Charles Oliveira may not leave Arizona with a UFC title around his waist, but there’s no longer any denying what he’s become: The best damn lightweight on the planet.
Oliveira’s brilliance in a one-round romp over Justin Gaethje headlined a roller-coaster night at UFC 274, which also saw Carla Esparza steal the strawweight title away from Rose Namajunas in a snoozer, Michael Chandler score one of the most vicious finishes of 2022 with his Knockout of the Year candidate over Tony Ferguson, and much more. There’s plenty to discuss, so let’s hit our five biggest takeaways from UFC 274.
1. The lightweight champion of the world has a name, and that name is Charles Oliveira.
It’s only fitting that after one of the most chaotic weeks in UFC history, Oliveira showed once again that there are few in MMA who delight more in that chaos. Faced with the mother of all high-stress situations, “Do Bronx” was magnificent all over again, sauntering through Justin Gaethje’s unique brand of hell with a swiftness and ease that bordered on alarming. His feat was even more impressive when you consider the roller-coaster of emotions Oliveira rode in the 36 hours between Friday morning and Saturday night. The frustrations that must have hit him like a 100-ton cinder block, and the righteous fury that must have coursed through his veins by the time those octagon doors slammed shut.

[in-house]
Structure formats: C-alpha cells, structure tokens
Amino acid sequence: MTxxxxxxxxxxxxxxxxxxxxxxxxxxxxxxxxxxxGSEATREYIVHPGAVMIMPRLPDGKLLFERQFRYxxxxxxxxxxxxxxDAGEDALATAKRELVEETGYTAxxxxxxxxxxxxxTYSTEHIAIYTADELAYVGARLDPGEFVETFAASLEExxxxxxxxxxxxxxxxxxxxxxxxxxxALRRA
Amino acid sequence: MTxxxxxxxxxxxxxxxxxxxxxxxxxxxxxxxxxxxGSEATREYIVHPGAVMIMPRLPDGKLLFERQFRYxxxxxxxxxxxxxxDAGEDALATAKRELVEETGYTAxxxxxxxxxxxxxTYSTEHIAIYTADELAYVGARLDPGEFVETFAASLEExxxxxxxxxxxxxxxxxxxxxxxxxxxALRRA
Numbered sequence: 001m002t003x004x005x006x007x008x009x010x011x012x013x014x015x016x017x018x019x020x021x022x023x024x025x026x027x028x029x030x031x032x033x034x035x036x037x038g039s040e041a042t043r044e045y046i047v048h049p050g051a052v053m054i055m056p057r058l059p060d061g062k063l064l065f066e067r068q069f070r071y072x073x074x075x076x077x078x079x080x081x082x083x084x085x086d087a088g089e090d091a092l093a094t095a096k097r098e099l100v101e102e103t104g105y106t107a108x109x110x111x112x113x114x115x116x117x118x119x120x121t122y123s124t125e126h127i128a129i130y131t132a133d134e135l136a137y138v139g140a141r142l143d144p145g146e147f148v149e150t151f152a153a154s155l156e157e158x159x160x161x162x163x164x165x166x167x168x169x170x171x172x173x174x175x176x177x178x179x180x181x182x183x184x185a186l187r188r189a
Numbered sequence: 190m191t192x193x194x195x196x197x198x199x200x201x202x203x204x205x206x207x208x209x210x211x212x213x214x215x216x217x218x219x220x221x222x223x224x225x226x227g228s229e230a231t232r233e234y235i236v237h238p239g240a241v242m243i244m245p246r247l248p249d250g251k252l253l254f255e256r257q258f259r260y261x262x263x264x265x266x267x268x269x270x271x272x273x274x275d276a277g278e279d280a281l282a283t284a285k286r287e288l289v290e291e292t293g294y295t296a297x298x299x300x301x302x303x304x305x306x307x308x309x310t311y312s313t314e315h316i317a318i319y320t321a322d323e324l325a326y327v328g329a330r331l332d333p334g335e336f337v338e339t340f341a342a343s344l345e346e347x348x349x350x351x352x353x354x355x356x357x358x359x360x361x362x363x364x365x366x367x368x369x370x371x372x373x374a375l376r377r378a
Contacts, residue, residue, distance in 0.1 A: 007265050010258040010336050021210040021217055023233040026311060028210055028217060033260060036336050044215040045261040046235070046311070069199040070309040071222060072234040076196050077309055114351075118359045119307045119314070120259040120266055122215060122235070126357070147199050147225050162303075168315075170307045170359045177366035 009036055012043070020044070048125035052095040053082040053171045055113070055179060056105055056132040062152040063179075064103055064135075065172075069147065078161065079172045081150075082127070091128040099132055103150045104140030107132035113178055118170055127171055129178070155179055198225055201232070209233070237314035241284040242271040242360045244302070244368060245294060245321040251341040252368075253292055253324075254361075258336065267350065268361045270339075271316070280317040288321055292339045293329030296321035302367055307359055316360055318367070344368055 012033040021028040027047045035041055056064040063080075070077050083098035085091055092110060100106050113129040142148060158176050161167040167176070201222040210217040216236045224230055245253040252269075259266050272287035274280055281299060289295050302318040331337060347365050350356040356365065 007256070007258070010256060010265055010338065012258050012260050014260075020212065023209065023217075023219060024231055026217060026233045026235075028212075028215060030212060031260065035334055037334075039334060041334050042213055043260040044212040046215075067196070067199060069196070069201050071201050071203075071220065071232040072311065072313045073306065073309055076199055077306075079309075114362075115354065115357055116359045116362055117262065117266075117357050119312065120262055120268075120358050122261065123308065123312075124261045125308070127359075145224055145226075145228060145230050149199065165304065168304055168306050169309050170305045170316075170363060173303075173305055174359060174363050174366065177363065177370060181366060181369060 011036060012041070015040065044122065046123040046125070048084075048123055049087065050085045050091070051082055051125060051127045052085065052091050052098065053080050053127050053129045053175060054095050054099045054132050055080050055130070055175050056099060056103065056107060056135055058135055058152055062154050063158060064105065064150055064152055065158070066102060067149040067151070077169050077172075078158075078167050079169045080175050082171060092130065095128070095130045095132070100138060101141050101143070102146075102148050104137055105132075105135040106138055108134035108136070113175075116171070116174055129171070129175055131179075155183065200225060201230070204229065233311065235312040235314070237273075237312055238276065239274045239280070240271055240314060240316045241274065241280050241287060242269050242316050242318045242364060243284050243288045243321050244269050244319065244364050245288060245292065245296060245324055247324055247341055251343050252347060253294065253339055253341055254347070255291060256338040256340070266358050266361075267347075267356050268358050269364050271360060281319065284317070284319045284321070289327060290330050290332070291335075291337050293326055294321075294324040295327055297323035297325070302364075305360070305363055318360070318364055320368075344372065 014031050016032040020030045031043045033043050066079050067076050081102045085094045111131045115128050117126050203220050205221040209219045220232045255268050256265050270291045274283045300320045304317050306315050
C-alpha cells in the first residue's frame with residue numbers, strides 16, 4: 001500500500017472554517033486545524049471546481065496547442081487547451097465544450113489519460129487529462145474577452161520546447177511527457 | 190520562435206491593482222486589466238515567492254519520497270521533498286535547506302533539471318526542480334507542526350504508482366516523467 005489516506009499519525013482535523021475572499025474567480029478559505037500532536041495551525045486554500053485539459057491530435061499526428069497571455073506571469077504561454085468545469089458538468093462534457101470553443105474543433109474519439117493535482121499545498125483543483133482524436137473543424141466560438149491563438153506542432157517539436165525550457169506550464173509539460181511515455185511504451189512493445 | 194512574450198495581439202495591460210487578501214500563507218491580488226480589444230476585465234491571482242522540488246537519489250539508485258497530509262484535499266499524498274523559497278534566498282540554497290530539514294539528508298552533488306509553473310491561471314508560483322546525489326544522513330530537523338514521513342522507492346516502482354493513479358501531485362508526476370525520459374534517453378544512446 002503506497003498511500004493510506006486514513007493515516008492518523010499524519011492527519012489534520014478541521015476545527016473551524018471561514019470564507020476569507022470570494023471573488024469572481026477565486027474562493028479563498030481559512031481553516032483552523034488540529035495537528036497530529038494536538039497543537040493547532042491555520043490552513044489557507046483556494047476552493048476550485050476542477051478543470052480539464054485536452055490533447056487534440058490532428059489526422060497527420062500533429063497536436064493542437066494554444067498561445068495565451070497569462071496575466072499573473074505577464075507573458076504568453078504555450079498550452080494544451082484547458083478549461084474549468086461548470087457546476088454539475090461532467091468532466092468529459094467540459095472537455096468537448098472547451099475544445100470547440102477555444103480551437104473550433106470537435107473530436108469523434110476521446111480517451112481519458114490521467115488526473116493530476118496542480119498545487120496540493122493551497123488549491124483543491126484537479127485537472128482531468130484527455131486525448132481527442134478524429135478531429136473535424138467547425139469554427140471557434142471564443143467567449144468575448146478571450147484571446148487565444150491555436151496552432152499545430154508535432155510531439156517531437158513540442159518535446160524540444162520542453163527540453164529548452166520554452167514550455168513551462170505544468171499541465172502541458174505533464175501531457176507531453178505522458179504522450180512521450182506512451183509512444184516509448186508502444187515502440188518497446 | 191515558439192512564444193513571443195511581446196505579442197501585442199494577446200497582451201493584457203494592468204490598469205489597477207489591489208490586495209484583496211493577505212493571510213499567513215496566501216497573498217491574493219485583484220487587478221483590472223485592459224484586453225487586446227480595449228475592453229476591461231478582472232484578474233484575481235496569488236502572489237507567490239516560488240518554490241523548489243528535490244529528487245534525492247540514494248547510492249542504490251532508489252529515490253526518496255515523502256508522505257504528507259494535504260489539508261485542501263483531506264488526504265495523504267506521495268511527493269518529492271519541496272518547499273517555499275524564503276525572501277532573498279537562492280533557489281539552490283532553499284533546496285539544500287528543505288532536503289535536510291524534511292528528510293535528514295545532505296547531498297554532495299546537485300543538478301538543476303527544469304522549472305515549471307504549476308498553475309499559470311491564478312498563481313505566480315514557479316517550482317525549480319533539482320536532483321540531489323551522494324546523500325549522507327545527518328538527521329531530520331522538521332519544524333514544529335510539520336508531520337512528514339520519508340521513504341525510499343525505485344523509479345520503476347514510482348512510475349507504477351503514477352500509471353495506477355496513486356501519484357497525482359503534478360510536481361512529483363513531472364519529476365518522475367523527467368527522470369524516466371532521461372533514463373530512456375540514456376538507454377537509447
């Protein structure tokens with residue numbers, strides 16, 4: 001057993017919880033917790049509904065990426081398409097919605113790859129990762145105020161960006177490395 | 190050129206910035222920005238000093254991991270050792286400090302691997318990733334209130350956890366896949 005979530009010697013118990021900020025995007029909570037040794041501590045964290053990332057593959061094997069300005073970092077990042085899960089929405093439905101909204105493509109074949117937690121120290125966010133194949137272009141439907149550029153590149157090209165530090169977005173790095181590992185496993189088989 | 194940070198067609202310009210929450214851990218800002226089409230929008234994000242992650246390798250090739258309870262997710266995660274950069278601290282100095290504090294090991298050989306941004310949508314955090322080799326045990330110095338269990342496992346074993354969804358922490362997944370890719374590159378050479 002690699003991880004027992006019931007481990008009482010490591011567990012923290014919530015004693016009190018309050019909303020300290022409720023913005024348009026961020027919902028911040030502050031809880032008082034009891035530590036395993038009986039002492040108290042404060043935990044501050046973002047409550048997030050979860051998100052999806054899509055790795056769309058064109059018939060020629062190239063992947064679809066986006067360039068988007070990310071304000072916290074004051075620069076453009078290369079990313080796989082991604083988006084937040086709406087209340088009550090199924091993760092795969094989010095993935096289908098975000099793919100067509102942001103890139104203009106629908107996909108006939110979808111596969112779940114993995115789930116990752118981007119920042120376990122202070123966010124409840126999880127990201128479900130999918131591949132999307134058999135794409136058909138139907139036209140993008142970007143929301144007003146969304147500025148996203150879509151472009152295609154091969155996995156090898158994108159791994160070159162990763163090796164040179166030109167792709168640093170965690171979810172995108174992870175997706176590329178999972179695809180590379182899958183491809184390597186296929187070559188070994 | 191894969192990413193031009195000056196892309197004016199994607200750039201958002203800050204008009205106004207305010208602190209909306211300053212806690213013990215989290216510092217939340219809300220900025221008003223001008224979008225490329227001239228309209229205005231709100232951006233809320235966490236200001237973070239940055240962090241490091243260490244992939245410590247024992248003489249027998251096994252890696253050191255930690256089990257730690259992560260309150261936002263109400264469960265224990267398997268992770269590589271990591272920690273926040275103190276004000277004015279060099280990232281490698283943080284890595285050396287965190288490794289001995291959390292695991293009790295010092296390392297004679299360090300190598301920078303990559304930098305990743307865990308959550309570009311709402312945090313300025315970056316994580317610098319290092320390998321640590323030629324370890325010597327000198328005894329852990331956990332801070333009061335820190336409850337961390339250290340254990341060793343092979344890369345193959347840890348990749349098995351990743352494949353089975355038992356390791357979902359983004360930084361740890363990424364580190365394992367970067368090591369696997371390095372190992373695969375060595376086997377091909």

No one wants to become the answer to a bad trivia question, nor lose out on hundreds of thousands of dollars of purse money, the culmination of their life’s work, and potential pay-per-view points worth an even larger sum for future bouts. All over a half-pound in an unprecedented situation still rife with questions. Years from now, the next time a UFC beltholder loses their title on the scale, “Do Bronx” will be the first name invoked. That’s a lot to try to process with a fist fight against a demon like Gaethje looming in one’s mind.
In the end though, Michael Chandler said it best: “Shame on all of us for ever, ever doubting Charles Oliveira.”